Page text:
Pret’s former marketing boss on the secrets of a growth mindset

From taking Green & Black’s to a new market after “savage” customer feedback, to the birth of Veggie Pret, Mark Palmer urges marketers to rethink positioning, premiumisation and innovation.

Green & Blacks
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Brands chasing growth could begin by looking for different routes to success, from distribution to innovation and a shift in positioning.

Speaking yesterday (25 May) at the Festival of Marketing Leadership Summit, former Green & Black’s and Pret marketing boss Mark Palmer – who is now cofounder of drinks brands Cawston Press and LA Brewery Kombucha – shared lessons from his almost three decades marketing, from plumping for premiumisation to giving innovation the chance to breathe.

Having joined organic chocolate business Green & Black’s in 2001 from his role as marketing director at Burger King, Palmer quickly realised the brand was pitching itself against a narrow market opportunity. Early distribution mirrored the two elements of the name, with the ‘green’ side represented by health food stores and the ‘black’s’ side fine foods stores such as Fortnum & Mason and Selfridge’s.

The brand in many ways had benefitted from the desire for transparency that emerged in the food industry following the mad cow disease crisis.

“You found the major retailers thinking they need to be part of the revolution and need to act. The big supermarkets started to open up space in their stores for organic, Fairtrade and natural food products,” Palmer recalled.

“Green & Black’s went from tiny distribution to suddenly being available in all of these places, so growth through distribution. But the problem was the place in the store where the brand was located wasn’t really where chocolate people went to find chocolate.”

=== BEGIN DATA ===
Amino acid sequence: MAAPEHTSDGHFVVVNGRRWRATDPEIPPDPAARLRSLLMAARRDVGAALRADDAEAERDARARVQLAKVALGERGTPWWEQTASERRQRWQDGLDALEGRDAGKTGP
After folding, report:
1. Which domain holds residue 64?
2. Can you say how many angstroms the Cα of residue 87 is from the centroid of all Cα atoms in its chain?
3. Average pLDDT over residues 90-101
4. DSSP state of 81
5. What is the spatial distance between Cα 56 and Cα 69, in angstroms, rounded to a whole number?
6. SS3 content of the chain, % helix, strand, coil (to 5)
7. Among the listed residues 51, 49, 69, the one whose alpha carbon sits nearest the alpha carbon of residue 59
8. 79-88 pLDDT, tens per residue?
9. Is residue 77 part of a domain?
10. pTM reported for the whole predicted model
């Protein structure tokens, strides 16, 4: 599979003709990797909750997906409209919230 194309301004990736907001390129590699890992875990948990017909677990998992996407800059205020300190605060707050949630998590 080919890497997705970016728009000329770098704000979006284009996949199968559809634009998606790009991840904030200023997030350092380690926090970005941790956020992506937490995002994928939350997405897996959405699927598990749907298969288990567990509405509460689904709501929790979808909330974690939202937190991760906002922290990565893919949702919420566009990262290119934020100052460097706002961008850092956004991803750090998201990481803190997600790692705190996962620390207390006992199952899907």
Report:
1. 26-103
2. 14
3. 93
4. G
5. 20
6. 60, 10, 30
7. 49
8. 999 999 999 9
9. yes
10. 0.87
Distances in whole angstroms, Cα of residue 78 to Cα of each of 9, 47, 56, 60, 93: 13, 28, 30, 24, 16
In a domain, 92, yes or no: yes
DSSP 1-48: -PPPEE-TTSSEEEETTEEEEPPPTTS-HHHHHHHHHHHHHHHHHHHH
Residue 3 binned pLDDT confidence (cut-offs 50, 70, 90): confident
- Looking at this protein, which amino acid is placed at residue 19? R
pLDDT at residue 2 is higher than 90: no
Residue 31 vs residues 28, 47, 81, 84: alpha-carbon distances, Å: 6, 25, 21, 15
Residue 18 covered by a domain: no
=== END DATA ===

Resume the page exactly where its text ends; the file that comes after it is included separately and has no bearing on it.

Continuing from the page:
[Green & Black’s] was a brand that had impeccable credentials, tasted great, but was pitching at the wrong audience.

Mark Palmer, Cawston Press and LA Brewery Kombucha

Despite the growth in distribution, the team began to realise the “honeymoon period” would not go on forever and the brand needed to earn its space on shelf.

Palmer began working with Tesco to interrogate Dunnhumby customer data to work out who was buying Green & Black’s. These consumers mainly fell into two cohorts – ‘Adventurous Foodies’ and ‘Green Cuisine’ – who were either baking with Green & Black’s due to the high cocoa content or were early movers on the ethical wave. Combined, these groups represented under 10% of the shopper base.

The team identified two further clusters – ‘Time poor, Food rich’ and ‘Everyday Luxury’ – who represented a new wave of customers. The aim was not to abandon the brand’s roots, but to open the product up to the next set of customers.

To help achieve this aim, the brand held research with 25- to 45-year-old chocoholic women based in Brighton and Notting Hill. Offered a variety of chocolate, the Green & Black’s bars were pretty much all left unopened after 45 minutes of focus group. Palmer asked one of the participants why she ignored the Green & Black’s, prompting her to launch into a “huge critique” of the brand.

“Sometimes in marketing you need to hear the tough stuff in order to work out what to do,” said Palmer. “This was a savage experience.”